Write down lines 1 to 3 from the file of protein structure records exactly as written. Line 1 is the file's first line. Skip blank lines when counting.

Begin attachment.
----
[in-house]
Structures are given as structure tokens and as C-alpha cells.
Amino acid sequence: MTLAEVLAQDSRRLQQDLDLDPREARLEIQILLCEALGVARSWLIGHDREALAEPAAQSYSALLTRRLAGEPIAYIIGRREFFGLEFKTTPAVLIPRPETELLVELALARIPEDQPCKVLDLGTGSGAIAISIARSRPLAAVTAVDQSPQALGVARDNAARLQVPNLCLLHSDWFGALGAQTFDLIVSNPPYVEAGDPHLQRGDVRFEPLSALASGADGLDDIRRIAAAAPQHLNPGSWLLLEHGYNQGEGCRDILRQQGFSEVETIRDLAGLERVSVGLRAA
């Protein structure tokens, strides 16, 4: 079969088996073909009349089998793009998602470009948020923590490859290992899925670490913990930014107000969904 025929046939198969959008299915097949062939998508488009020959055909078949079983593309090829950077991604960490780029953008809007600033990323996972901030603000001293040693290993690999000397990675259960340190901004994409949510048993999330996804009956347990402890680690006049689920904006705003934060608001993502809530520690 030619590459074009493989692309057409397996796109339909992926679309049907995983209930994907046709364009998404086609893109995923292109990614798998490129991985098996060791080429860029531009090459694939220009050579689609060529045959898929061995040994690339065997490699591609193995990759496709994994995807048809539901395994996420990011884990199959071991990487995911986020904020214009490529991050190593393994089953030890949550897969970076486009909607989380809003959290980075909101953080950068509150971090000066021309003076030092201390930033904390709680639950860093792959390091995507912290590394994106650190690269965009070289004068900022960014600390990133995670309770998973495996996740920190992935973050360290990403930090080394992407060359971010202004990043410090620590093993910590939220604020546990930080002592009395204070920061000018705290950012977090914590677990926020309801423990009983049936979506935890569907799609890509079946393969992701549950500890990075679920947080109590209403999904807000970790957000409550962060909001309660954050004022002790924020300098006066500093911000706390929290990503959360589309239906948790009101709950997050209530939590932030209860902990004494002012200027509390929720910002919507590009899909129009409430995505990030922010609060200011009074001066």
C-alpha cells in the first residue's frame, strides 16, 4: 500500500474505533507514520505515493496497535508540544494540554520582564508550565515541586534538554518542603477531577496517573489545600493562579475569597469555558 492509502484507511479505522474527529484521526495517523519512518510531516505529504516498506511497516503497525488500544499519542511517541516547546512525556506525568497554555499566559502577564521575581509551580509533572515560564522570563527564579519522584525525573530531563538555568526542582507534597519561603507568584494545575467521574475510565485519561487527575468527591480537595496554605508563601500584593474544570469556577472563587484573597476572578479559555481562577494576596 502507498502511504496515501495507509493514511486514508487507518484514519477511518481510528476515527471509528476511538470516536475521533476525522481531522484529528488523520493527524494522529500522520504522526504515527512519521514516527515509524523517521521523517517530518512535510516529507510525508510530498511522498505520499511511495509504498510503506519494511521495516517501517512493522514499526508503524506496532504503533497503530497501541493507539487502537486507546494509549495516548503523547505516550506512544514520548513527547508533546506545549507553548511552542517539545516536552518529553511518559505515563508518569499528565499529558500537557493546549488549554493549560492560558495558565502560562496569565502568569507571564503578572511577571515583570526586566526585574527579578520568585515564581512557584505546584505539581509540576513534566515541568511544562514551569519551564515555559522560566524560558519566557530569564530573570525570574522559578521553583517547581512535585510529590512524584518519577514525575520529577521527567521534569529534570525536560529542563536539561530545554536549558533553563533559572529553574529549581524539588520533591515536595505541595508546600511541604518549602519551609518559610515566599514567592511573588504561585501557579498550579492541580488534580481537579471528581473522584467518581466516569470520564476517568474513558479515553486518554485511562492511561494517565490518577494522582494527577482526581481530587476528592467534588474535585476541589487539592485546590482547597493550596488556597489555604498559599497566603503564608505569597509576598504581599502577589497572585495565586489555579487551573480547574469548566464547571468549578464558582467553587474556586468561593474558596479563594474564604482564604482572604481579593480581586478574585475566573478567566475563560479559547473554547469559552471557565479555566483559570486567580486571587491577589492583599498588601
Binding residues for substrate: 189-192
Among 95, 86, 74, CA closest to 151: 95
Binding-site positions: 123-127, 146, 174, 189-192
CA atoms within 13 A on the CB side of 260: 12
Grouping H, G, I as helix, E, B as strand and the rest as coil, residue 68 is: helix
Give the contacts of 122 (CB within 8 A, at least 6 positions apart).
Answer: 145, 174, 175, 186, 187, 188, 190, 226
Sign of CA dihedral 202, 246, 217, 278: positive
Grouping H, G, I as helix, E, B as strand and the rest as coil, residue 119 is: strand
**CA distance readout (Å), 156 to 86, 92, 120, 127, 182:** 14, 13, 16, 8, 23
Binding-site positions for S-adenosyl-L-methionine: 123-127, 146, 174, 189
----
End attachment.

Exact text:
[in-house]
Structures are given as structure tokens and as C-alpha cells.
Amino acid sequence: MTLAEVLAQDSRRLQQDLDLDPREARLEIQILLCEALGVARSWLIGHDREALAEPAAQSYSALLTRRLAGEPIAYIIGRREFFGLEFKTTPAVLIPRPETELLVELALARIPEDQPCKVLDLGTGSGAIAISIARSRPLAAVTAVDQSPQALGVARDNAARLQVPNLCLLHSDWFGALGAQTFDLIVSNPPYVEAGDPHLQRGDVRFEPLSALASGADGLDDIRRIAAAAPQHLNPGSWLLLEHGYNQGEGCRDILRQQGFSEVETIRDLAGLERVSVGLRAA